The date May 22, 2011 will be long remembered here in Western Wisconsin and also across the country. Tornadoes wreaked havoc across the central portions of the United States including here in Western Wisconsin. A long lived super cell thunderstorm dropped several tornadoes a long a line from Howard and Fillmore counties in Iowa through Wood County here in Western Wisconsin. Below you can see an archived image of the radar beginning at 1:35pm through 6:20pm. The yellow boxes are severe thunderstorm warnings and the pink boxes are tornado warnings. Most of the action for Western Wisconsin was down south but a very weak tornado briefly touched down in Barron County just northeast of Rice Lake.
The supercell had already dropped four tornadoes before it approached the city of La Crosse. As seen on the map below, the tornado touched down at 4pm across the Mississippi in Houston County. It quickly intensified to an EF-2 as it crossed the river and moved into La Crosse. It would weaken as it moved through the heart of the city and would eventually lift east of town at around 4:28pm after traveling 16 miles. The last time La Crosse was hit by a tornado was way back on July 10, 1966.
Below are some images from some of the destruction across La Crosse. Thankfully, Gundersen Lutheran Hospital was spared a direct hit. The same could not be said for another tornado that happened this same day down in Joplin, MO. The EF-5 tornado went right over St. Joseph’s Hospital in Joplin. That tornado would kill 161 people and would overshadow all other tornadoes on this day one year ago. All images are from the National Weather Service in La Crosse.
The most severe damage occurred at the Green Island Ice Arena as seen in the image below. This was when the twister reached its max width of 150 yards.
Above is some video shot by Trish Vail of a tornado that developed in Sparta. The supercell continued moving east northeast dropping the next tornado just to the southwest of Rockland at 4:47pm. The map below shows that the twister crossed I-94 making it all the way up to the south-side of Sparta.
The twister was on the ground for 8 miles. It flipped at least one car at a dealership on its way to Sparta. Damage in Sparta was mainly done to trees, windows, and powerlines along with some roof and shed damage. The tornado was rated an EF-1 with a max width of 125 yards. The tornado would lift on the southeast side of town. Below is a picture from some damage in Sparta.
The last tornado of this supercell was the worst to touch down. It touched down at 5:15pm and would stay on the ground past 6:00pm traveling a staggering 37 miles. The beginning of its life was just a few miles northwest of Tomah. The twister strengthened on the northeast side of Tomah doing EF-2 damage along Dolphin Road as seen by the image below.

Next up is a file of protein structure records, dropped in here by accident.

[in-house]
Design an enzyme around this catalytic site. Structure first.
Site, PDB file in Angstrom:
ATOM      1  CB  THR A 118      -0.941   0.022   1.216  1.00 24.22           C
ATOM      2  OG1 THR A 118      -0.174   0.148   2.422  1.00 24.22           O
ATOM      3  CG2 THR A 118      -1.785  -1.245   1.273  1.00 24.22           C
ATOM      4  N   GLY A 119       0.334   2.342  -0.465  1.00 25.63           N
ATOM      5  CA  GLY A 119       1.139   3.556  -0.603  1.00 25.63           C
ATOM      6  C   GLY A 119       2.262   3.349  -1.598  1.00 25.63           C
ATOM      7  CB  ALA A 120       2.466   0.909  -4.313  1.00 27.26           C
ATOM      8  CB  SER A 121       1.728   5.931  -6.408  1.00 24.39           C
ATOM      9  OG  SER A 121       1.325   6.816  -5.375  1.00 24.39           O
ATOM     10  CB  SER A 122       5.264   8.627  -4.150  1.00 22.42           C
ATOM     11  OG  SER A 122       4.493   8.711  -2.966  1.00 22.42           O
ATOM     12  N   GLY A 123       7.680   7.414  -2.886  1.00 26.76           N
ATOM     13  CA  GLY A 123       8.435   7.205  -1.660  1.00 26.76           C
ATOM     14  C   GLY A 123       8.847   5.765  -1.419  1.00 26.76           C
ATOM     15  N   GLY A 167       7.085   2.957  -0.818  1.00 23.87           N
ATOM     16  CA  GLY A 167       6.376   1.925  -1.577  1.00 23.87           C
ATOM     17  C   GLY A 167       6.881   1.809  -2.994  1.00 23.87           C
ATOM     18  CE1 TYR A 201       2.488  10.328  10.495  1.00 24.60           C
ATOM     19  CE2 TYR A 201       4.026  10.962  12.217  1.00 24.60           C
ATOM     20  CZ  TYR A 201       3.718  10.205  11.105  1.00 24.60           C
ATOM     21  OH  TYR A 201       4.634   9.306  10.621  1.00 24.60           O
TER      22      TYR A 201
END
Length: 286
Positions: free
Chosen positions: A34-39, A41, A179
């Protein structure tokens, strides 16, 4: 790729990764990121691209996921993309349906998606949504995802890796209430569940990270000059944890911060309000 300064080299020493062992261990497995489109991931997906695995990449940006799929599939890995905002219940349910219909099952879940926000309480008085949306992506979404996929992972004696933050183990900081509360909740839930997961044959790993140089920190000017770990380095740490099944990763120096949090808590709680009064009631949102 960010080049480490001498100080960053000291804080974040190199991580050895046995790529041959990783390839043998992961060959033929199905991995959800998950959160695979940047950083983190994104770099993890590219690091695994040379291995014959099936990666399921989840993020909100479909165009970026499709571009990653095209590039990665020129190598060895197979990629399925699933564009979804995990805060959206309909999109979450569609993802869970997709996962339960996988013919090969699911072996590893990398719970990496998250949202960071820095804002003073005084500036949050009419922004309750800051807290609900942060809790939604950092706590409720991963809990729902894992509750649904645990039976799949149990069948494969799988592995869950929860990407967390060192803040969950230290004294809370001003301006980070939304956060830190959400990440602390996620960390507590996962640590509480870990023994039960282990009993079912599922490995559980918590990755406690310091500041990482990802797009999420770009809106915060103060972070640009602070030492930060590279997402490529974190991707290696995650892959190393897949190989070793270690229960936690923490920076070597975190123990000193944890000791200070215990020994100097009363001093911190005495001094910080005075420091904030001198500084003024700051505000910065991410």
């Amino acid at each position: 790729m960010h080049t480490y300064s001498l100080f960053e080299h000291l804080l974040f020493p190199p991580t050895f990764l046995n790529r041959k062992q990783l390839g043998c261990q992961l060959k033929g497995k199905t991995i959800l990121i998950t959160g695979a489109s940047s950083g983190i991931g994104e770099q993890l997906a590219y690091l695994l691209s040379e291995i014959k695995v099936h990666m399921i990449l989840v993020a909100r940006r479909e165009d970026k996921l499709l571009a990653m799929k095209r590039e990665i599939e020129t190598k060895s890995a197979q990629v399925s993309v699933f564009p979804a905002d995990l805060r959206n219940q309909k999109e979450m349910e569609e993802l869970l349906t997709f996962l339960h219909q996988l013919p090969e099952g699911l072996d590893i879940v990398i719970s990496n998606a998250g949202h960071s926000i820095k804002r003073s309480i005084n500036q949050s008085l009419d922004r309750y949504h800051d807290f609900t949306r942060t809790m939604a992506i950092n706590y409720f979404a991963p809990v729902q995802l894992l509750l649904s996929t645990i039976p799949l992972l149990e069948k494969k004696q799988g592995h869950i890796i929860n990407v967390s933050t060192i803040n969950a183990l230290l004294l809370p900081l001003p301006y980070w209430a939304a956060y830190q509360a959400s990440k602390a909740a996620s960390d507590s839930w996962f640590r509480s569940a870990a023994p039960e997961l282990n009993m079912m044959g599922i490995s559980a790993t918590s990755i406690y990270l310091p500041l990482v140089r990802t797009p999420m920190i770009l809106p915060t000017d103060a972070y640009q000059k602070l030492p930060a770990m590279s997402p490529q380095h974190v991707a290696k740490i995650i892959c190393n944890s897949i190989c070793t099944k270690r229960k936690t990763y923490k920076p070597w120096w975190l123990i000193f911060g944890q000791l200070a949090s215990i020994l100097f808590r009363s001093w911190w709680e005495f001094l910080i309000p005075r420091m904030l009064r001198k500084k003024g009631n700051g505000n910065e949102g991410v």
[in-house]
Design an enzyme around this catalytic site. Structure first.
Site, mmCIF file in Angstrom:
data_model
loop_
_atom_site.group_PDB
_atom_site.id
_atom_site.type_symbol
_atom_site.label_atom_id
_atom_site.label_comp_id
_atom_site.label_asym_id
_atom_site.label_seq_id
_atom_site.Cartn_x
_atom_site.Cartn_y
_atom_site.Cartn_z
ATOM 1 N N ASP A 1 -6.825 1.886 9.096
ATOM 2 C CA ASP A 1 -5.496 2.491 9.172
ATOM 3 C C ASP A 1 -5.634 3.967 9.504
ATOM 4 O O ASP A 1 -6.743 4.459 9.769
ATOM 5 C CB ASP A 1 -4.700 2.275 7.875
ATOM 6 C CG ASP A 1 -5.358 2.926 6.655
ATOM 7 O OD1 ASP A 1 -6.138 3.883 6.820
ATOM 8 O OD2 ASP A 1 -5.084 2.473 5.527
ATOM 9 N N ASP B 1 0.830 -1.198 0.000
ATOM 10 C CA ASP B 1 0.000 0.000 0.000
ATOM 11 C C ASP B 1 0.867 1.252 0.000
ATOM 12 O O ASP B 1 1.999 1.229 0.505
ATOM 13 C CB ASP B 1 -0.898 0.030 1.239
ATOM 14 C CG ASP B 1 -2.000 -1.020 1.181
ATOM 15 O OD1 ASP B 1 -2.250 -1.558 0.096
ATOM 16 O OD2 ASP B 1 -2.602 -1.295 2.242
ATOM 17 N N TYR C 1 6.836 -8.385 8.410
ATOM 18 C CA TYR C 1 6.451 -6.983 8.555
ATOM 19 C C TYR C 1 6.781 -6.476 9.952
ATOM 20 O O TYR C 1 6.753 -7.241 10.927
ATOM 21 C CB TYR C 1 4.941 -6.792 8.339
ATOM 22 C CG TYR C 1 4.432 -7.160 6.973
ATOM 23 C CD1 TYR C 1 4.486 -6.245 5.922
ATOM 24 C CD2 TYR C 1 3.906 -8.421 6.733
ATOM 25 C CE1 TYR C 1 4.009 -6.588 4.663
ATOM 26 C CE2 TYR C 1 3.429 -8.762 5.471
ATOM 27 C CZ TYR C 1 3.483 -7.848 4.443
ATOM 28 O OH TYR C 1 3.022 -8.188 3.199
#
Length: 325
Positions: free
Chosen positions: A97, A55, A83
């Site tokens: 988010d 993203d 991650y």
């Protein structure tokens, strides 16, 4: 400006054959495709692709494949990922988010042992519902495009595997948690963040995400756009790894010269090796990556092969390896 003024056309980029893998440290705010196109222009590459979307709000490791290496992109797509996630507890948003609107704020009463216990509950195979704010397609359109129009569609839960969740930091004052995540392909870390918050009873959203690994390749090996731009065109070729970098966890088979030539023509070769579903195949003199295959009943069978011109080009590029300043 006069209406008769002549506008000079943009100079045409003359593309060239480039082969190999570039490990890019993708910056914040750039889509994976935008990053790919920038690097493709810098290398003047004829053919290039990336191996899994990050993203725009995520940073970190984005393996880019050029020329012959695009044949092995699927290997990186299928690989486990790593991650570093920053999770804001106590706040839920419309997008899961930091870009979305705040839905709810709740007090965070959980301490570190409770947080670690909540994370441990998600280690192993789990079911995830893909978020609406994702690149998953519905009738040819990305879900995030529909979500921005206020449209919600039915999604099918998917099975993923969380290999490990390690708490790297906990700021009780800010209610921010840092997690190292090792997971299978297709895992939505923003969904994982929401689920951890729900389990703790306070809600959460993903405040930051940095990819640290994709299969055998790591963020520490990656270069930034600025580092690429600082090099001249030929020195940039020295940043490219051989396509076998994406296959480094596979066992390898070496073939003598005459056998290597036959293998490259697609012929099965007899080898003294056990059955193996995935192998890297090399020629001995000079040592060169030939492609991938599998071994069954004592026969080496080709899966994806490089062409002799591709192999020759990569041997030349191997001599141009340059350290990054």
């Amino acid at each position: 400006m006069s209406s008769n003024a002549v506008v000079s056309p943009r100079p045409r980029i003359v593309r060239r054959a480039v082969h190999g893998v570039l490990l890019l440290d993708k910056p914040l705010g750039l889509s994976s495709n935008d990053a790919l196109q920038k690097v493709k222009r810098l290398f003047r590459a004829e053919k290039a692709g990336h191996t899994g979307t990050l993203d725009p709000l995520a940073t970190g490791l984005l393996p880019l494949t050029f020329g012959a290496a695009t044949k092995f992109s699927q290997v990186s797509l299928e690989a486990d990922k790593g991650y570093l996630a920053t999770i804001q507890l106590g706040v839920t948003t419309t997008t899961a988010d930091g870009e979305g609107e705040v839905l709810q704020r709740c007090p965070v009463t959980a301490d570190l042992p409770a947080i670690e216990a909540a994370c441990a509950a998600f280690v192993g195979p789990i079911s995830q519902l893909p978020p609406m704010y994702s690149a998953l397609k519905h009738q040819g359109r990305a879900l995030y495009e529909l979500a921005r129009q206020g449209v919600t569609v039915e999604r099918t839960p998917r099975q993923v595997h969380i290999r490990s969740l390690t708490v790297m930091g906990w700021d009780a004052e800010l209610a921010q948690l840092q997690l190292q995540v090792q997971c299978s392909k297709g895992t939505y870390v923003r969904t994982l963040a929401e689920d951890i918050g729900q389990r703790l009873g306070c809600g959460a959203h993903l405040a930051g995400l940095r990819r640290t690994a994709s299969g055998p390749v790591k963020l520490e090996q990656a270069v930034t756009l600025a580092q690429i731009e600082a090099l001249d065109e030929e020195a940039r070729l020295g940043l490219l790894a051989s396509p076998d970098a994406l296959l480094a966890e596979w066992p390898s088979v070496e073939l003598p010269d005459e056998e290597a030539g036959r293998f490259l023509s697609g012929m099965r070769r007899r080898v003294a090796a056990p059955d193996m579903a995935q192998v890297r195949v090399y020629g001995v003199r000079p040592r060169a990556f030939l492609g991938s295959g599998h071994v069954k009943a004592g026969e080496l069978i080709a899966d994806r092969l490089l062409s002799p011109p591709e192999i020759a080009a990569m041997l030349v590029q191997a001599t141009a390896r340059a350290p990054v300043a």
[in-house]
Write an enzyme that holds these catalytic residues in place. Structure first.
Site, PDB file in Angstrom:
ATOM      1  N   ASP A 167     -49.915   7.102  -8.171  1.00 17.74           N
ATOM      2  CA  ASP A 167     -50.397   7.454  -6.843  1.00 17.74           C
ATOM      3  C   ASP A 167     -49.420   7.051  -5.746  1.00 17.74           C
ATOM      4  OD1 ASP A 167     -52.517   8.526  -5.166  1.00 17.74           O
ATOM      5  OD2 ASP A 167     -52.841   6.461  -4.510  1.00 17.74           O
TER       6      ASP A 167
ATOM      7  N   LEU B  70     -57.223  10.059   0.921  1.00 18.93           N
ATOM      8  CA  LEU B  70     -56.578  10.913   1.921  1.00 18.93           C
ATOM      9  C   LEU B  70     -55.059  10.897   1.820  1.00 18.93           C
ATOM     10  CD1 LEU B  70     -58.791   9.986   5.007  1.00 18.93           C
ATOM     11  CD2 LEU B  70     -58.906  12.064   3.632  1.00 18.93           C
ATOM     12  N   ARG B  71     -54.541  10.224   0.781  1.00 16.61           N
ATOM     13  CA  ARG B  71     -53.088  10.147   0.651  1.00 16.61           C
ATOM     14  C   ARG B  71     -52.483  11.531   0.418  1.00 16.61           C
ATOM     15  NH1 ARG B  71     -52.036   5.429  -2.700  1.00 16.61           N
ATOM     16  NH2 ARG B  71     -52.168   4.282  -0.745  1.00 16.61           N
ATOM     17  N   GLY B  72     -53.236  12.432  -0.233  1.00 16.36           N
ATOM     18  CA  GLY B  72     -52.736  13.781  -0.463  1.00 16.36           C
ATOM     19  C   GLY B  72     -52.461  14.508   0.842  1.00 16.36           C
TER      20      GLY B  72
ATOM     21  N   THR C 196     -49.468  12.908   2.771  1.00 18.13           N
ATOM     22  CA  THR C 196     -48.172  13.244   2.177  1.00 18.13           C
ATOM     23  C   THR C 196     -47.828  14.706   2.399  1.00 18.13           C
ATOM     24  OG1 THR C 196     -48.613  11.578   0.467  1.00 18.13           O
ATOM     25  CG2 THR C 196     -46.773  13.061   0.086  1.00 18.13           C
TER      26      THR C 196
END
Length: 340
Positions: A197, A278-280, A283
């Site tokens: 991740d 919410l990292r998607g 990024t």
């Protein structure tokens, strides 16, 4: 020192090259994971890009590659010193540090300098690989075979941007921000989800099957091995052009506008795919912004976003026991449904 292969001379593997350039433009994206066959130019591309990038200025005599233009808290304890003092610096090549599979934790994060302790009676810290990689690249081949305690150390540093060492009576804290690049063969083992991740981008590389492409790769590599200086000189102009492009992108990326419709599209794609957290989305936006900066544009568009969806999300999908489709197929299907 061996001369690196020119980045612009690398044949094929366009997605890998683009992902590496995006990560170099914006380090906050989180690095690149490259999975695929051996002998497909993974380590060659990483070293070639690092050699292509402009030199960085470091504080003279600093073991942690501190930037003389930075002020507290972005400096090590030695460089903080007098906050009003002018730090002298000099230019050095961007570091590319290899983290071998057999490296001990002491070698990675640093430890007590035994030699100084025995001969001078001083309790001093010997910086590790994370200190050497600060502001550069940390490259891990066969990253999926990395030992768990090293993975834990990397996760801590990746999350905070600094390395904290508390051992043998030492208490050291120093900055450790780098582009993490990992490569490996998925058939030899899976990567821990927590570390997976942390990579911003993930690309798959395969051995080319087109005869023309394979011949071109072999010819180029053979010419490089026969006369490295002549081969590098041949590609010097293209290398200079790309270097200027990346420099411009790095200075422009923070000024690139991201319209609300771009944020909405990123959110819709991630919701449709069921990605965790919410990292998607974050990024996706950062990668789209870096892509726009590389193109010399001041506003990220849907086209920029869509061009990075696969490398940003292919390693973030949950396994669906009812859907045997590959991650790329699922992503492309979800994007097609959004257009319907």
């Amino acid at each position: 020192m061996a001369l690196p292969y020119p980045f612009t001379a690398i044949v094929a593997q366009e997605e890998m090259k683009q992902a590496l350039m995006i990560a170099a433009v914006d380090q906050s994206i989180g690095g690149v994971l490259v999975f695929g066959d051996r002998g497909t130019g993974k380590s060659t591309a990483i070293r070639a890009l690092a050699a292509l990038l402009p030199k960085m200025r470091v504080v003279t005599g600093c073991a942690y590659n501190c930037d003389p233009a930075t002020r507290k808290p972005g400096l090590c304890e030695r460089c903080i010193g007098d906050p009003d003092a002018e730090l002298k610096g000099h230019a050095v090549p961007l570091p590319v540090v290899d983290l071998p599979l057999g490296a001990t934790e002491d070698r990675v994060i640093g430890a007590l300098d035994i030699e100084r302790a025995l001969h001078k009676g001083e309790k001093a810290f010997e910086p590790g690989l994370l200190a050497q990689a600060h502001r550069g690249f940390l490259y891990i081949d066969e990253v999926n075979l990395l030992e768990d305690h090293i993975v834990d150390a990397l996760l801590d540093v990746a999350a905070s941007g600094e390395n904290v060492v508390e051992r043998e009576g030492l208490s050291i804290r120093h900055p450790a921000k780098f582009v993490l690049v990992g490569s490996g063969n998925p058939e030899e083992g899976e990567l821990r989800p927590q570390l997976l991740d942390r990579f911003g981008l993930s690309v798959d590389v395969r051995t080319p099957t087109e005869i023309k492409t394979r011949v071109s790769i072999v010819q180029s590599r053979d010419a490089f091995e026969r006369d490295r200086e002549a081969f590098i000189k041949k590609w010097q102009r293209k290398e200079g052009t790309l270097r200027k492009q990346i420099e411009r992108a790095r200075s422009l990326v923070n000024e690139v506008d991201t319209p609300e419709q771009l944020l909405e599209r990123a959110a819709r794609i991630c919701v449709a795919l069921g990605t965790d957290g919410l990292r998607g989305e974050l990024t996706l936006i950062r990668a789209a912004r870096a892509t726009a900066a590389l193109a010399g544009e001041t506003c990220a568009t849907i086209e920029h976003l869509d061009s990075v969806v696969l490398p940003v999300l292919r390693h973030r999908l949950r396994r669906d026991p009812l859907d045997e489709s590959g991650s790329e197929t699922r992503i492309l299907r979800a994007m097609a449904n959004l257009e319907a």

The track continued east northeast through mainly wooded areas around Mather. It at weakened at this point for a time, but would once again increase in strength as it moved just to the east of Finley along County Road F. Below you can see the damage done to a garage that was flattened. Hardest hit was Cranberry Creek, a local cranberry grower where EF-2 damage was done. Many structures were destroyed or badly damaged.
This was a very powerful system that dropped tornadoes from Wisconsin to Oklahoma. As you saw in the image at the top of this blog. There were over 60 reports of tornadoes plus hundreds and hundreds of reports of large hail and damaging winds. Here in Wisconsin it wasn't all that warm that day, and humidity wasn't that high as either. The tornadoes that occurred in Wisconsin were mainly driven by superb upper level winds and shear. Below is a surface map from that afternoon. The low center in Minnesota created a lot of spin in the atmosphere. There was enough instability to take advantage of all that spin, which allowed for long track tornadoes.
The tornadoes in Wisconsin and even the tornado that hit downtown Minneapolis that day was eclipsed by the EF-5 monster that hit Joplin, Missouri. Below are links to more information and a look back at the Minneapolis and Joplin tornadoes. For me I will always remember May 22nd and that day after. I had never seen tornado damage before, and I was in awe. It's amazing what weather can do, and it's hard not to feel something when you see it. Being down there you really see how it affects real people. It really puts my job in perspective. With Joplin in the back of my mind, I kept thinking this, wow, this was EF-2 damage. That was emotional enough. I couldn't imagine seeing something like Joplin. I hope I never have to see that.